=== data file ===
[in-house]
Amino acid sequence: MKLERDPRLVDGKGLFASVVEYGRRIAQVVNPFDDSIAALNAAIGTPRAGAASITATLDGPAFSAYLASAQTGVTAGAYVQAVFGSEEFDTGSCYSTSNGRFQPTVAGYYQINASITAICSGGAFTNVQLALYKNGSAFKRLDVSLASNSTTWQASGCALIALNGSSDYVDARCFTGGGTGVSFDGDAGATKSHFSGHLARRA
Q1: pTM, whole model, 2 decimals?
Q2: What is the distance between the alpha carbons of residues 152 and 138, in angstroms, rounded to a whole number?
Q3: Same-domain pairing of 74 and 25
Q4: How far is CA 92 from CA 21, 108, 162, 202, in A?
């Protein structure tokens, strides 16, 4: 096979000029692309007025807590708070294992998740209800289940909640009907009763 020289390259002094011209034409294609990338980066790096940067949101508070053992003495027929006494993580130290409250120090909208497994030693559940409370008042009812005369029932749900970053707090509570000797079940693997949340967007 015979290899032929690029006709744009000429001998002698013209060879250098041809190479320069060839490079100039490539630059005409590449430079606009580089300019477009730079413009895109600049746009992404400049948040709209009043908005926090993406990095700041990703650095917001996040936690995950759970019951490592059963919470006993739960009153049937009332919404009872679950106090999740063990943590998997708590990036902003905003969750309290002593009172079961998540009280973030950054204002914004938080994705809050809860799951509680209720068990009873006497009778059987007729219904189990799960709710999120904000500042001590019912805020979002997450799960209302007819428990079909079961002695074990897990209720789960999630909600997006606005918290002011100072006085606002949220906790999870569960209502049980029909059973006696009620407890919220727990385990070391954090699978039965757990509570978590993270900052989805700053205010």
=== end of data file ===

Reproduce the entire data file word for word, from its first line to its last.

[in-house]
Amino acid sequence: MKLERDPRLVDGKGLFASVVEYGRRIAQVVNPFDDSIAALNAAIGTPRAGAASITATLDGPAFSAYLASAQTGVTAGAYVQAVFGSEEFDTGSCYSTSNGRFQPTVAGYYQINASITAICSGGAFTNVQLALYKNGSAFKRLDVSLASNSTTWQASGCALIALNGSSDYVDARCFTGGGTGVSFDGDAGATKSHFSGHLARRA
Q1: pTM, whole model, 2 decimals?
Q2: What is the distance between the alpha carbons of residues 152 and 138, in angstroms, rounded to a whole number?
Q3: Same-domain pairing of 74 and 25
Q4: How far is CA 92 from CA 21, 108, 162, 202, in A?
């Protein structure tokens, strides 16, 4: 096979000029692309007025807590708070294992998740209800289940909640009907009763 020289390259002094011209034409294609990338980066790096940067949101508070053992003495027929006494993580130290409250120090909208497994030693559940409370008042009812005369029932749900970053707090509570000797079940693997949340967007 015979290899032929690029006709744009000429001998002698013209060879250098041809190479320069060839490079100039490539630059005409590449430079606009580089300019477009730079413009895109600049746009992404400049948040709209009043908005926090993406990095700041990703650095917001996040936690995950759970019951490592059963919470006993739960009153049937009332919404009872679950106090999740063990943590998997708590990036902003905003969750309290002593009172079961998540009280973030950054204002914004938080994705809050809860799951509680209720068990009873006497009778059987007729219904189990799960709710999120904000500042001590019912805020979002997450799960209302007819428990079909079961002695074990897990209720789960999630909600997006606005918290002011100072006085606002949220906790999870569960209502049980029909059973006696009620407890919220727990385990070391954090699978039965757990509570978590993270900052989805700053205010």